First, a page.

Did you ever see the movie? It's great! Wear red!
I love the photo of the flower. What is it called?
Have fun with Jules! Looking forward to some photos of your fun adventures!

Gayle Markow

I always love your writing and stories, your humility and humor, your courage to tell your own truth, even when that truth is just you finding your way, in all kinds of human and relationship situations. Who you are and what you do is beautiful Kristin, and a gift to us all.

Your mom is terrific. I hate to disagree with her, cause obviously she's pretty amazing, but hellz bellz, I don't know why Jules is saying you're Starting to Bloom, when it's so clear, you've been in the process of blooming for a long time, right before everyone's eyes. The blooming isn't starting; it's continuing.

and thank you for this great creative generous work you do.
Gayle Markow


Anita told the secret of her daring look - she's over 50! There is something about that half-century mark that makes a woman say, "I don't care what people think any more! Since there's not a lot of time left, I'm going to dress as I please!" It is what causes women to wear big, chunky jewelry. Such jewelry also takes the attention away from wrinkles and age spots as does that dress cut low in the back.

My dear mother always said that every woman should own at least one classic black dress. Alas! When I wear black, I look like the corpse at the funeral! But when I wear bright orange, people I don't know (of both genders) stop me to tell me I look great! Think back to what color you were wearing when people that you did not know told you that you look great. That will tell you what your best color is!


I cannot wear red to save myself! I have tried a few times only to bury the items deep in the back of my 'robe! I LOVE washed-out-shadow colours in lights and darks that give a mysterious hint of colour and layering different TEXTURES together :-)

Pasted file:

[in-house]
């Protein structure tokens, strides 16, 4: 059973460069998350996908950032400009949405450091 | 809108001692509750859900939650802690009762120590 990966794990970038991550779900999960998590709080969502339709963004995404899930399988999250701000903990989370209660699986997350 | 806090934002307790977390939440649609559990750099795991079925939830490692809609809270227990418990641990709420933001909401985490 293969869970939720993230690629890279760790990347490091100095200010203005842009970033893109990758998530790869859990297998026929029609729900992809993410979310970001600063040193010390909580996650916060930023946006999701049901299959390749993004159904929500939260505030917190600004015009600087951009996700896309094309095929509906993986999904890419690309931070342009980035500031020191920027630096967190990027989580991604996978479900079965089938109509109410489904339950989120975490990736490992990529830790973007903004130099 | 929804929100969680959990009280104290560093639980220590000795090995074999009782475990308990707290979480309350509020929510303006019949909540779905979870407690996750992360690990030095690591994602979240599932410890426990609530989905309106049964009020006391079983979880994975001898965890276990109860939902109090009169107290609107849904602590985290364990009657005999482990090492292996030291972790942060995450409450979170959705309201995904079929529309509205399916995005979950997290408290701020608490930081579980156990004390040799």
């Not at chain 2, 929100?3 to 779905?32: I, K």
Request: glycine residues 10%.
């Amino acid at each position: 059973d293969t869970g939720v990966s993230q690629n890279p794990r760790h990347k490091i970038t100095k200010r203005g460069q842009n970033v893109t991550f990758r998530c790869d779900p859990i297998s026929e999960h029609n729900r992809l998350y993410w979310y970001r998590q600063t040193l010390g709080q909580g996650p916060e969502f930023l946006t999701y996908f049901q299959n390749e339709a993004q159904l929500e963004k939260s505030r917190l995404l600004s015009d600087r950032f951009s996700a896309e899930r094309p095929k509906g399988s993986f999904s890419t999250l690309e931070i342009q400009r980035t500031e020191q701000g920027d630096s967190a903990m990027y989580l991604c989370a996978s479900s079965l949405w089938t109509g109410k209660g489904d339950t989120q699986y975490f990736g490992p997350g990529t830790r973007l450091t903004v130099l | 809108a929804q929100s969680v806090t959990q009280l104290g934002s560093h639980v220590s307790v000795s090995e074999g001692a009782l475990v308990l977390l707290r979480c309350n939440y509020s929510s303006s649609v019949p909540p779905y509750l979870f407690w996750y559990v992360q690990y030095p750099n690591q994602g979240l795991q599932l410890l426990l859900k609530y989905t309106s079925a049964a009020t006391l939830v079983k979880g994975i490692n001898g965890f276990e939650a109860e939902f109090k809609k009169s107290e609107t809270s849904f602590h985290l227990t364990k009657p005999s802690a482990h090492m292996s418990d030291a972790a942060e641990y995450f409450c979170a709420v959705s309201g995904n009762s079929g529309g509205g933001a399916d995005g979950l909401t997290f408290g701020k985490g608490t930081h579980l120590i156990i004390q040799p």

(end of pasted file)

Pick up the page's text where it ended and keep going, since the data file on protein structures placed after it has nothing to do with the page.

It is also great that we are all different!
( I do LOVE Lady Beetle's gorgeous red-with-black-polka-dot raincoat though....very retro!)

Stacy, Applegate, Oregon

You do dare, my dear friend, each and every day! And with such style ~ as this smart and relatable story shows! I loved hearing about the interesting and playful new friend and ideas you created by venturing out that evening. Thank you for sharing with us.

I have so enjoyed all the comments as well. I do agree to dress for yourself, what you feel most beautiful and comfortable in, and what allows your heart to sing your song. I just purchased a new pair of gorgeous heels I fell in love with. I haven’t worn heels for so many years now. These days I run barefoot or in boots. I think I will dare to wear those heels out this week for a friend’s birthday dinner. Now, I just hope I can walk in them. :)

Joy to you and each and every reader here! Do enjoy your time with Jules.


Go for the red dress - you can carry it off - but hopefully you won't upstage the bride.